And even women who haven’t been directly affected by reproductive rights restrictions aren’t exempt from their repercussions. Because having choice is the most powerful thing we have – and until women are afforded the right of having autonomy over their own bodies, we can never achieve true gender equality. As Hillary Clinton said, “Human rights are women’s rights, and women’s rights are human rights.” No-one, wherever they are, should be denied theirs.

When abortion was made legal in different countries

The Soviet Union: 1921
The first country in the world to legalise abortion for reasons other than to preserve the life of the pregnant woman but the law was then repealed in 1936, when abortion once again became illegal. In 1955, the original law was reinstated.

UK (excluding Northern Ireland): 1967
There are, however, a number of conditions which are still imposed to this day: the pregnancy must be shown to cause emotional or physical damage to the woman and the termination must be signed-off by two doctors, though in practice, few doctors would deny a woman an abortion if she requested one.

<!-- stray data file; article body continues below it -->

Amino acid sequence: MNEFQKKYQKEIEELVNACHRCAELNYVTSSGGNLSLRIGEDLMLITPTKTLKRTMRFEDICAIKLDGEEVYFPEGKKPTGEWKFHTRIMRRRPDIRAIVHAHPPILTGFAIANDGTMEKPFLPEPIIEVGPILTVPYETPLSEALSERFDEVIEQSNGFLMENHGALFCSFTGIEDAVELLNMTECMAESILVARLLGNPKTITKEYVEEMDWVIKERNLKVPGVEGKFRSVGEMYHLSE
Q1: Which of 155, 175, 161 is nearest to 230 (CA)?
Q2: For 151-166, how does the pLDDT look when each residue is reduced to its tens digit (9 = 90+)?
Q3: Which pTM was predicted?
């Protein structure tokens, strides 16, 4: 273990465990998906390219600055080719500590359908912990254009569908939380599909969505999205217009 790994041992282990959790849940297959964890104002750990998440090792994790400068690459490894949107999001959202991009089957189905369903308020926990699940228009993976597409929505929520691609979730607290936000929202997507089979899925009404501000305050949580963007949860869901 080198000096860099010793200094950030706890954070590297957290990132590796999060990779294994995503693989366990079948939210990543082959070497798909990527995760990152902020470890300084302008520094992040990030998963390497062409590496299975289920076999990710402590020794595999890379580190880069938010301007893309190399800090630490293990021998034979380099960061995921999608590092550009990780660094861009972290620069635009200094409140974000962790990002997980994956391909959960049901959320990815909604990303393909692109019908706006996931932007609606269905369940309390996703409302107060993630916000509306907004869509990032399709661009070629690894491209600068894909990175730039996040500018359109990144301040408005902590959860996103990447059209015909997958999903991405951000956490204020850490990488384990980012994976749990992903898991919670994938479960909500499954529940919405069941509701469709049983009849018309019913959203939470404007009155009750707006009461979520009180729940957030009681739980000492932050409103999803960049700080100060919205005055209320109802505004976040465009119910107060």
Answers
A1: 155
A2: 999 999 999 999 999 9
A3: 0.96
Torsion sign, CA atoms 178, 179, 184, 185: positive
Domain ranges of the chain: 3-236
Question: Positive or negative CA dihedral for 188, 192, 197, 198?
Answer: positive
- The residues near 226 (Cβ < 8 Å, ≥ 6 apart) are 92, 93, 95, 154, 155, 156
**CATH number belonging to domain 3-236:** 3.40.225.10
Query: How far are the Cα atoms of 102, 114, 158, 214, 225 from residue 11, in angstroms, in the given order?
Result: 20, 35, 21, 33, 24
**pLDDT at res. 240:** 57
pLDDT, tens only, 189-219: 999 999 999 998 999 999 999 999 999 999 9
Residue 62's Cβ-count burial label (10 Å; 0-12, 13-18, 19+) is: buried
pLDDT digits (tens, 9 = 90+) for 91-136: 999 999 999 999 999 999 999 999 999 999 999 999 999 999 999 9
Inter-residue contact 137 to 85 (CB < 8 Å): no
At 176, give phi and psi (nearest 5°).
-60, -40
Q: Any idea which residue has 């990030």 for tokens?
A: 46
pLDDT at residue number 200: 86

USA: 1973
In a landmark case, the US Supreme Court ruled that forbidding abortion was unconstitutional. Since then, however, several states – including Kansas, Virginia and Louisiana – have introduced laws which strictly prohibit a woman’s access to abortion (for instance, in 20 states, by law, a woman’s national medical insurance is not allowed to cover the cost of a termination).

China: 1979
Terminations are offered on-demand and without the need for any third-party (doctor or state) intervention as part of the national policy regulating the number of children a woman is allowed to have.

Belgium: 1990
Before being granted a procedure a woman must adhere to a six-day waiting period and prove that she is in a “state of distress”.

Colombia: 2006
An abortion can be performed only in cases where the mother’s life or physical health is in danger, in cases of rape or incest, or in pregnancies involving fatal or life-threatening foetal abnormalities. Before 2006, all abortions were illegal.

Spain: 2010
Though abortion was legalised in 1985, it was restricted to cases of rape or physical damage to the mother or child. Since 2010, women have been allowed to request an abortion up until the 14th week of pregnancy.